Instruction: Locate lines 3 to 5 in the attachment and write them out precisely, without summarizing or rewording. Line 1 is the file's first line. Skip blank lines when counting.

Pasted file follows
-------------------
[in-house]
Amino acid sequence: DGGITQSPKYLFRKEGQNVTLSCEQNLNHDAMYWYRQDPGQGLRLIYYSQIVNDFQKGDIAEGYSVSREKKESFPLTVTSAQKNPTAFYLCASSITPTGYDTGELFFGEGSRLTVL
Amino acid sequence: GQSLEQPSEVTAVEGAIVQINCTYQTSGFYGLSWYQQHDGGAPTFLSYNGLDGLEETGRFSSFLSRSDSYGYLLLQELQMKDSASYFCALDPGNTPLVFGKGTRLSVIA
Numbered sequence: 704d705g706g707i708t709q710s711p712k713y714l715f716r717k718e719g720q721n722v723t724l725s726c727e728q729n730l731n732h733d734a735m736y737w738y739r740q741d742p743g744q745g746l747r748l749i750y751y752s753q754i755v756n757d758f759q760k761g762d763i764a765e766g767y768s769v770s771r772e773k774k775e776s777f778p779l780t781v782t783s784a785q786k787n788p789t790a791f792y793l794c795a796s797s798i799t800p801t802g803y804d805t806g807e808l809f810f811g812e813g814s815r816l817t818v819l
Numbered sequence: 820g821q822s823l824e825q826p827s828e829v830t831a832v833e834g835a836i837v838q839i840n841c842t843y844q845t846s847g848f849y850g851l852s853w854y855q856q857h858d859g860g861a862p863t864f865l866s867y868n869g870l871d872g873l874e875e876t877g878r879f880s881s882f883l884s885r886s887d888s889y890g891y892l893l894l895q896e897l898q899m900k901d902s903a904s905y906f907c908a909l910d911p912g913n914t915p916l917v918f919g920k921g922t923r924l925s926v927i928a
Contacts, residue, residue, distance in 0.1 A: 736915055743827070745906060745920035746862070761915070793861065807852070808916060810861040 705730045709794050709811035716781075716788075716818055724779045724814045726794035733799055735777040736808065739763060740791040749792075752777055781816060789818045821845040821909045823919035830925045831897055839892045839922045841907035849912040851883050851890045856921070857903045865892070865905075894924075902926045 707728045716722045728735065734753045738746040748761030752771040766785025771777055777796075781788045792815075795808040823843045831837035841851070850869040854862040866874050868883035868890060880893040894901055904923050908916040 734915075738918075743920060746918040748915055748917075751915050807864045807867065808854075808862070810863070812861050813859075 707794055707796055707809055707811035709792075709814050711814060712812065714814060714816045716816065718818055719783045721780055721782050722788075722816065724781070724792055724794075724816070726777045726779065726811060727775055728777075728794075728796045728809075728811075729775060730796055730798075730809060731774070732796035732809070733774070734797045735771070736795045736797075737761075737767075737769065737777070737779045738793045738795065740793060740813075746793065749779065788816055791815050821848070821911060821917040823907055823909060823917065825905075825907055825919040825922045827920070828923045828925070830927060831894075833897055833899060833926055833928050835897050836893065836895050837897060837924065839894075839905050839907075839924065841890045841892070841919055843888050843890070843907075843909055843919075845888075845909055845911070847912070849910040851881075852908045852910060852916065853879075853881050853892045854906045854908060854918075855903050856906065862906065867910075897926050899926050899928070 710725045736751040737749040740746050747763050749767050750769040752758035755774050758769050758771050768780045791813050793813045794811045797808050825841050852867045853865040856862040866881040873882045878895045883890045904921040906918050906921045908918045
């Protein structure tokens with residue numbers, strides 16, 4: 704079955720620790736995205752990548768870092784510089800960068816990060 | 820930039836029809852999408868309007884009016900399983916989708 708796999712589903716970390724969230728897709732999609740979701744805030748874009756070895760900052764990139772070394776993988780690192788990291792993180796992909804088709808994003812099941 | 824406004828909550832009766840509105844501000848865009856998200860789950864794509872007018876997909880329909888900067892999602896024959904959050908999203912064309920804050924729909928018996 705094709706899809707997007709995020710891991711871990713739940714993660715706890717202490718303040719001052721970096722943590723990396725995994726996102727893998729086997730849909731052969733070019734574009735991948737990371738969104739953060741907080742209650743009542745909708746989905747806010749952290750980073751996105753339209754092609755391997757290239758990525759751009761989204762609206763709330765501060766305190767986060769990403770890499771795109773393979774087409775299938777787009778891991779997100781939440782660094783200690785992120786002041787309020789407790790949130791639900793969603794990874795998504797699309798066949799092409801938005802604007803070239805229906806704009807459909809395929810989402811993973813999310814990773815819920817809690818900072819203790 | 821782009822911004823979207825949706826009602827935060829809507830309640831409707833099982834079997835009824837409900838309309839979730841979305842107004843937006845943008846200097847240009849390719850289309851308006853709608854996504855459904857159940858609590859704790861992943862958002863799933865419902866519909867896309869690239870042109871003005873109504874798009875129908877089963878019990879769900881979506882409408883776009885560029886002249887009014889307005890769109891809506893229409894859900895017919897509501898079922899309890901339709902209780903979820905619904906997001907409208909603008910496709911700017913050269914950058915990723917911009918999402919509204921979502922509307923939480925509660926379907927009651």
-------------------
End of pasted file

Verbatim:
Amino acid sequence: GQSLEQPSEVTAVEGAIVQINCTYQTSGFYGLSWYQQHDGGAPTFLSYNGLDGLEETGRFSSFLSRSDSYGYLLLQELQMKDSASYFCALDPGNTPLVFGKGTRLSVIA
Numbered sequence: 704d705g706g707i708t709q710s711p712k713y714l715f716r717k718e719g720q721n722v723t724l725s726c727e728q729n730l731n732h733d734a735m736y737w738y739r740q741d742p743g744q745g746l747r748l749i750y751y752s753q754i755v756n757d758f759q760k761g762d763i764a765e766g767y768s769v770s771r772e773k774k775e776s777f778p779l780t781v782t783s784a785q786k787n788p789t790a791f792y793l794c795a796s797s798i799t800p801t802g803y804d805t806g807e808l809f810f811g812e813g814s815r816l817t818v819l
Numbered sequence: 820g821q822s823l824e825q826p827s828e829v830t831a832v833e834g835a836i837v838q839i840n841c842t843y844q845t846s847g848f849y850g851l852s853w854y855q856q857h858d859g860g861a862p863t864f865l866s867y868n869g870l871d872g873l874e875e876t877g878r879f880s881s882f883l884s885r886s887d888s889y890g891y892l893l894l895q896e897l898q899m900k901d902s903a904s905y906f907c908a909l910d911p912g913n914t915p916l917v918f919g920k921g922t923r924l925s926v927i928a